Re: Version identifier in URL

David J. Fiander (
Fri, 07 Jun 1996 08:51:14 -0400

> 5) GET /path/resource HTTP/1.0
>    Content-version: x
> proposed by Kenji Takahashi and generally criticized for requiring
> versioning-aware clients and for being impossible to specify in an anchor.

I never criticised this option (much).  I <em>did</em> criticise
Kenji's suggestion that this is the only way that should be
available.  I think that HTTP headers are quite appropriate, as
long as there's also a way to create a link to a version.

> - The slash is already reserved for hierarchies. Hierarchies of different
> origin can be piled by juxtaposing the path name. This can't be said for
> the other proposed schemas:
>       ftp://host/dir/file;A;version=x
> or
>       wais://host/database/c/A;B;version=x
> while being outside of the scope of a discussion on HTTP, look pretty silly
> anyway and would make the ftp or wais access to these resources impossible
> or completely different.

Umm... how would the ftp server (which was written by a
completely different people and doesn't know a URL from a hole in
the ground) deal with ftp://host/dir/projectX/1.5/Mac/French/file.c
given that, more than likely, "projectX" is the name of a
configuration file, 1.5 specifies a revision in a VCS file, and
"Mac" and "French" are, respectively, a compile-time option and a
run-time locale specification?

I think that this particular argument is specious.

> Finally, I find slashes easier to read than adding yet another decoration.
> Suppose I want to access  anchor "chapter1" of the document described by
> author="bill" and name="foo" as retrieved by version Y of the search engine
> "application". For instance, what would be the right syntax in this case?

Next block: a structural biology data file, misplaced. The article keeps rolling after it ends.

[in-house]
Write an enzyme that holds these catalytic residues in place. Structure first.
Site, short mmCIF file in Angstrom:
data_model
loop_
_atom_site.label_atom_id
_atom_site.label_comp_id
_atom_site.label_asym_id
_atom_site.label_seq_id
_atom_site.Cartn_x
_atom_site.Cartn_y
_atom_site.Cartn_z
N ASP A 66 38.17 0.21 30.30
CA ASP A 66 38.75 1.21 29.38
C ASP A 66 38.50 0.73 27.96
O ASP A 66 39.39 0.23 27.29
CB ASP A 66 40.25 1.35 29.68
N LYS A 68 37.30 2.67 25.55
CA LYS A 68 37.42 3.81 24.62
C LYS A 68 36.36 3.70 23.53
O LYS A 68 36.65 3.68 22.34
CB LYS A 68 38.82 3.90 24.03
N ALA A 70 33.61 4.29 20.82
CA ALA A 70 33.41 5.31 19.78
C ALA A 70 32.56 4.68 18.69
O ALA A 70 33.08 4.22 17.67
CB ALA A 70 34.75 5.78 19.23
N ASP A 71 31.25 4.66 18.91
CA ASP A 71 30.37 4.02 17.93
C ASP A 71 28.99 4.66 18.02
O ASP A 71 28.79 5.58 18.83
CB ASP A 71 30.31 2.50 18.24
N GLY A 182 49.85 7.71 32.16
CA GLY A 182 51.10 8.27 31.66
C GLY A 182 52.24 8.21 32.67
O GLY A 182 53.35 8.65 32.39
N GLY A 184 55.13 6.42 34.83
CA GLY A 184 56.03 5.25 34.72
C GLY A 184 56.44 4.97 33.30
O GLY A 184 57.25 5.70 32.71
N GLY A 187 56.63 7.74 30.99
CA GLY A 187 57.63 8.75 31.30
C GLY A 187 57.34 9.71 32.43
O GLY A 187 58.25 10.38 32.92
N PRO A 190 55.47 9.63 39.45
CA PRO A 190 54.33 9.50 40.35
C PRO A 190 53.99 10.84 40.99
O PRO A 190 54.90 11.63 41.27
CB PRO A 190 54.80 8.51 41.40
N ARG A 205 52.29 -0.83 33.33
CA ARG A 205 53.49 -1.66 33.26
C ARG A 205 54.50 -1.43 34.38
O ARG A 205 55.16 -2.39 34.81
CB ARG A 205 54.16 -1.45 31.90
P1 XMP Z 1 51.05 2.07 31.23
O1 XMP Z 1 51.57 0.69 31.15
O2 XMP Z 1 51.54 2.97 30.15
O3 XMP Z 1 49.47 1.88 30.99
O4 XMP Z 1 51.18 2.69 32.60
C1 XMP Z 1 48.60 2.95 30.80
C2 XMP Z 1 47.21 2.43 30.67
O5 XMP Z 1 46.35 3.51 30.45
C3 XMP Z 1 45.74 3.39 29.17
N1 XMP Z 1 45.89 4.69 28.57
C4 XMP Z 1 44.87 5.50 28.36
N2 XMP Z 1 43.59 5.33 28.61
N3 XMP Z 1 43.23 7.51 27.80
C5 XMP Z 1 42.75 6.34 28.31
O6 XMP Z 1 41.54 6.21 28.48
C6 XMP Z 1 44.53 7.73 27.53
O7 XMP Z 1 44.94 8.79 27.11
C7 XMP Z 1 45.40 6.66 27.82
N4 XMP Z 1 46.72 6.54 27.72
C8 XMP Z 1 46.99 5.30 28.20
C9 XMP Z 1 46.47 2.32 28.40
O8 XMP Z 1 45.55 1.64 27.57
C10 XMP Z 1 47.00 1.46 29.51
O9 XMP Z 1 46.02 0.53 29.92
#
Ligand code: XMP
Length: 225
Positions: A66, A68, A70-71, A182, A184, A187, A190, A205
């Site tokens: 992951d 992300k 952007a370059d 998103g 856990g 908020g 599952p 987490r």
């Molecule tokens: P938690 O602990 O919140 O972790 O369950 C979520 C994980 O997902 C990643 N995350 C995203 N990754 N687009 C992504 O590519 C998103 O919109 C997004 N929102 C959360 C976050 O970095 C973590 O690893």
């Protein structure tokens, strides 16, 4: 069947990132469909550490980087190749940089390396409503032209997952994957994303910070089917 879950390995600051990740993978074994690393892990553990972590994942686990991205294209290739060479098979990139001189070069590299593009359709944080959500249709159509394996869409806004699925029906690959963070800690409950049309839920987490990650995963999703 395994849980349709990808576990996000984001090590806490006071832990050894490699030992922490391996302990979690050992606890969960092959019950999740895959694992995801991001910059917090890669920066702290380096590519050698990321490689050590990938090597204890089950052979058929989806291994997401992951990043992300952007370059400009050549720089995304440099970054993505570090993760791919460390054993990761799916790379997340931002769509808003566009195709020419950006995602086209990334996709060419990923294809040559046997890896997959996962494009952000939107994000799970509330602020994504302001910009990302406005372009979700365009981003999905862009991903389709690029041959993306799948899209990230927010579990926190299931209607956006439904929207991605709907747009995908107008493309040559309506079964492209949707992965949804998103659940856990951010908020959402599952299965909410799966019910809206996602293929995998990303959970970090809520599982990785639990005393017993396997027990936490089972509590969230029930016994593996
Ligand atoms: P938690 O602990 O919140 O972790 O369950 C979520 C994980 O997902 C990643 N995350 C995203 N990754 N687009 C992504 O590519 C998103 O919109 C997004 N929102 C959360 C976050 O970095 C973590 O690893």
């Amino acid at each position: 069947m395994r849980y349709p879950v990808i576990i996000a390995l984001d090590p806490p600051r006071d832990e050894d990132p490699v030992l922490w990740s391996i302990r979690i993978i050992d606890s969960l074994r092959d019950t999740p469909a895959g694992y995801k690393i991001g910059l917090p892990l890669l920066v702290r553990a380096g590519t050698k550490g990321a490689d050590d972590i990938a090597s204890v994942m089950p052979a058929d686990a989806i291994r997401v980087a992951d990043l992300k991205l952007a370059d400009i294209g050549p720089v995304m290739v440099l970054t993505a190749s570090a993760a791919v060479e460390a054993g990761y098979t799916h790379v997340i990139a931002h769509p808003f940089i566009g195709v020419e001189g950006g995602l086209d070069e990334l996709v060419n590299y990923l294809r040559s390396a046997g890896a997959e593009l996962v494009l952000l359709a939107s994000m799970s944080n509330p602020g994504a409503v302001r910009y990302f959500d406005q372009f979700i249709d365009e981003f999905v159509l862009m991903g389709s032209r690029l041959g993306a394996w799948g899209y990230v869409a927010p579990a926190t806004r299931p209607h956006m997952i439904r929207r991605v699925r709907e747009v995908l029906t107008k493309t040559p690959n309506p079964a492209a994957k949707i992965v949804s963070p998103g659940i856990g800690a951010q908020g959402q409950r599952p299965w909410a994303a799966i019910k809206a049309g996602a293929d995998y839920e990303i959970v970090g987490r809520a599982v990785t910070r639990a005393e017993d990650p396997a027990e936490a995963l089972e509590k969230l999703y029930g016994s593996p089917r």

>       http://host/cgi-bin/application;version=Y?author=bill+name=foo#chapter1
>       http://host/cgi-bin/application?author=bill+name=foo;version=Y#chapter1
>       http://host/cgi-bin/application?author=bill+name=foo#chapter1;version=1
> Compare to the simple:
>       http://host/cgi-bin/application/Y?author=bill+name=foo#chapter1

Since the HTTP URL syntax states that URL parameters preceed
queries, the correct syntax would be


That is, your first option.

> - I don't know if there exists a file system in which a file and a
> directory can have exactly the same name, and are distinguished by the fact
> that one is a directory and the other is a file. I mean, if it were
> possible for a directory to have both a file and a directory called
> file.html, then the URL:
>       http://host/dir/file.html/1.5
> would be ambiguous. If there is such a perverted file system, I will
> withdraw my points and leave to become a goatherd in Sardinia (Italy).

Well the Thoth operating system from the university of waterloo
allowed a node in the filesystem to contain both data and links
to subnodes.  So a "directory" could be opened and read as a
file, or it could be traversed to find subdirs.  I understand
that the weather in Italy is very nice ;-)

- David